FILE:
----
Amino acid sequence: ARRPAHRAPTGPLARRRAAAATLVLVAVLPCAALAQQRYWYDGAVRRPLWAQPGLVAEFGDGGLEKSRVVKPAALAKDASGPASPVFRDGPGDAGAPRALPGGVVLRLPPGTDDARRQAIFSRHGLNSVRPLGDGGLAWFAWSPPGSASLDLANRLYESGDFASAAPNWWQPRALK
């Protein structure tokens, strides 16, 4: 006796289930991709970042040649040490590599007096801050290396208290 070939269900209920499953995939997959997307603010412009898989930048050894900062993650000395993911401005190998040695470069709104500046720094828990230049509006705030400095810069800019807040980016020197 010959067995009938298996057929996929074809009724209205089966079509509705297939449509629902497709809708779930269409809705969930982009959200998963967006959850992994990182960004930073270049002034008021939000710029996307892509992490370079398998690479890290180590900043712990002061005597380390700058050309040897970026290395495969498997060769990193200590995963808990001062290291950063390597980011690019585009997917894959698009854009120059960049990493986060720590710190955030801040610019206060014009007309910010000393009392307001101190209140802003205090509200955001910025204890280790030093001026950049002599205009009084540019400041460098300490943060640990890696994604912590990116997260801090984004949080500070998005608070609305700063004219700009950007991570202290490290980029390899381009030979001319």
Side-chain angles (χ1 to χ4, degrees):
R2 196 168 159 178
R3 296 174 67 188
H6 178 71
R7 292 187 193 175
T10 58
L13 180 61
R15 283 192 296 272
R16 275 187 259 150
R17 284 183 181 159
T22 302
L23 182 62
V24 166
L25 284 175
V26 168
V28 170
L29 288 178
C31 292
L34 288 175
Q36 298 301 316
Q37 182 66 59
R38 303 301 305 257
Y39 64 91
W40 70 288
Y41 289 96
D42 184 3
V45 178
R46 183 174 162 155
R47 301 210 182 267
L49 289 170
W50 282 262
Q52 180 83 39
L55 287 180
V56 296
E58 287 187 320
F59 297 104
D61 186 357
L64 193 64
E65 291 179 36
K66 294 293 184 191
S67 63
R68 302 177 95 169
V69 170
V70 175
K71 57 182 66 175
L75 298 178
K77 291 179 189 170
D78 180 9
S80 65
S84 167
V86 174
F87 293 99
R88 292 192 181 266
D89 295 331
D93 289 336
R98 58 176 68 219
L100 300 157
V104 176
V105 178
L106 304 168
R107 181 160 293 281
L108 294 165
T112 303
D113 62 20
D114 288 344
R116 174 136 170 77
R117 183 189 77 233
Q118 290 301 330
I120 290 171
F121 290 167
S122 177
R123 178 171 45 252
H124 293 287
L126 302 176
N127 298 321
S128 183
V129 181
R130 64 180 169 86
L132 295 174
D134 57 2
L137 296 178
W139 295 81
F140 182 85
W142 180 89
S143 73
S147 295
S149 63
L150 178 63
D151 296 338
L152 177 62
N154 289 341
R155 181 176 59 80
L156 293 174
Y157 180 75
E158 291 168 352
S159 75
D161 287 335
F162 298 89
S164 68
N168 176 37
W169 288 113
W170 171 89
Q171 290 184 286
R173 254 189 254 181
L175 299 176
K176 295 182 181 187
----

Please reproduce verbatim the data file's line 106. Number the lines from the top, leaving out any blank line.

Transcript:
R173 254 189 254 181